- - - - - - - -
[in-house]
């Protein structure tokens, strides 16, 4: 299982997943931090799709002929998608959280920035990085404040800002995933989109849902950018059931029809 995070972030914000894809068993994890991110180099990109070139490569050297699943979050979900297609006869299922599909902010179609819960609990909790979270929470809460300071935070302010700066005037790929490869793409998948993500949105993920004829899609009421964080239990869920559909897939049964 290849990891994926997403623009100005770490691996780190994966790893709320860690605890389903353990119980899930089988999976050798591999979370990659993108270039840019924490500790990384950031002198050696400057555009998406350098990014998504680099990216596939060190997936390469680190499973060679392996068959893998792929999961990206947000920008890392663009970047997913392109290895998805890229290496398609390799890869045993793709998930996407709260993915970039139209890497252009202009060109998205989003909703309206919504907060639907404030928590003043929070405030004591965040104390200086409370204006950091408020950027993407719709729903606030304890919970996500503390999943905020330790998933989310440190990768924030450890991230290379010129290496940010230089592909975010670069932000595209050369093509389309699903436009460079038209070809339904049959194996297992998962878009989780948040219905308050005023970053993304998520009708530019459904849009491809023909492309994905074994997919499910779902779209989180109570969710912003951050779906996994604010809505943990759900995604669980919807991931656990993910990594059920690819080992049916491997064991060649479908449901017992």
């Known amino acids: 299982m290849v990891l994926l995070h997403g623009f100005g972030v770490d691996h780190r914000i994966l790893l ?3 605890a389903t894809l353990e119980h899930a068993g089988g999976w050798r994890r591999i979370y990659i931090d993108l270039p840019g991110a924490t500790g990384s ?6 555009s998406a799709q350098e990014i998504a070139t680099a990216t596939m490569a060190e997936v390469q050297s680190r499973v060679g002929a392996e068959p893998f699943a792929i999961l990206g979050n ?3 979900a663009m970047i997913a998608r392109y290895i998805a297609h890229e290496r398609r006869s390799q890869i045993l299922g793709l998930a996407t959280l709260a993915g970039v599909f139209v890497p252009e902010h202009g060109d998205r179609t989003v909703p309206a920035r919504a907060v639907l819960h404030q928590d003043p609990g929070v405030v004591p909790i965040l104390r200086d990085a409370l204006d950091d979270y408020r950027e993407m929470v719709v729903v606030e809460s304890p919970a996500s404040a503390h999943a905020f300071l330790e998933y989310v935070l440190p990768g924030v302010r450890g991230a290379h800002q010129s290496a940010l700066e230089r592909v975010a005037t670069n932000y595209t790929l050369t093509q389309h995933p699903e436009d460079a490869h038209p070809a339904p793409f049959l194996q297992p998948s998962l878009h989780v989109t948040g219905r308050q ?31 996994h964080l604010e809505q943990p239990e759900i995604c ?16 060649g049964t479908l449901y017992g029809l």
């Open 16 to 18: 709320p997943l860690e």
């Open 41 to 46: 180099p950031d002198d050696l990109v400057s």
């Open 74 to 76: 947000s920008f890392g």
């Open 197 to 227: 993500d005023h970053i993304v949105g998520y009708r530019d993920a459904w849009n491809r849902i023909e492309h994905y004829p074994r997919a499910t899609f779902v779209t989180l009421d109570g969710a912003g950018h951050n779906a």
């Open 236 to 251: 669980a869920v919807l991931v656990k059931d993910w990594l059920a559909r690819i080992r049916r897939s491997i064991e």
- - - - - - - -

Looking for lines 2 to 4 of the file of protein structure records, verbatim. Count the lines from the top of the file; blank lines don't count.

């Protein structure tokens, strides 16, 4: 299982997943931090799709002929998608959280920035990085404040800002995933989109849902950018059931029809 995070972030914000894809068993994890991110180099990109070139490569050297699943979050979900297609006869299922599909902010179609819960609990909790979270929470809460300071935070302010700066005037790929490869793409998948993500949105993920004829899609009421964080239990869920559909897939049964 290849990891994926997403623009100005770490691996780190994966790893709320860690605890389903353990119980899930089988999976050798591999979370990659993108270039840019924490500790990384950031002198050696400057555009998406350098990014998504680099990216596939060190997936390469680190499973060679392996068959893998792929999961990206947000920008890392663009970047997913392109290895998805890229290496398609390799890869045993793709998930996407709260993915970039139209890497252009202009060109998205989003909703309206919504907060639907404030928590003043929070405030004591965040104390200086409370204006950091408020950027993407719709729903606030304890919970996500503390999943905020330790998933989310440190990768924030450890991230290379010129290496940010230089592909975010670069932000595209050369093509389309699903436009460079038209070809339904049959194996297992998962878009989780948040219905308050005023970053993304998520009708530019459904849009491809023909492309994905074994997919499910779902779209989180109570969710912003951050779906996994604010809505943990759900995604669980919807991931656990993910990594059920690819080992049916491997064991060649479908449901017992």
């Known amino acids: 299982m290849v990891l994926l995070h997403g623009f100005g972030v770490d691996h780190r914000i994966l790893l ?3 605890a389903t894809l353990e119980h899930a068993g089988g999976w050798r994890r591999i979370y990659i931090d993108l270039p840019g991110a924490t500790g990384s ?6 555009s998406a799709q350098e990014i998504a070139t680099a990216t596939m490569a060190e997936v390469q050297s680190r499973v060679g002929a392996e068959p893998f699943a792929i999961l990206g979050n ?3 979900a663009m970047i997913a998608r392109y290895i998805a297609h890229e290496r398609r006869s390799q890869i045993l299922g793709l998930a996407t959280l709260a993915g970039v599909f139209v890497p252009e902010h202009g060109d998205r179609t989003v909703p309206a920035r919504a907060v639907l819960h404030q928590d003043p609990g929070v405030v004591p909790i965040l104390r200086d990085a409370l204006d950091d979270y408020r950027e993407m929470v719709v729903v606030e809460s304890p919970a996500s404040a503390h999943a905020f300071l330790e998933y989310v935070l440190p990768g924030v302010r450890g991230a290379h800002q010129s290496a940010l700066e230089r592909v975010a005037t670069n932000y595209t790929l050369t093509q389309h995933p699903e436009d460079a490869h038209p070809a339904p793409f049959l194996q297992p998948s998962l878009h989780v989109t948040g219905r308050q ?31 996994h964080l604010e809505q943990p239990e759900i995604c ?16 060649g049964t479908l449901y017992g029809l």
């Open 16 to 18: 709320p997943l860690e």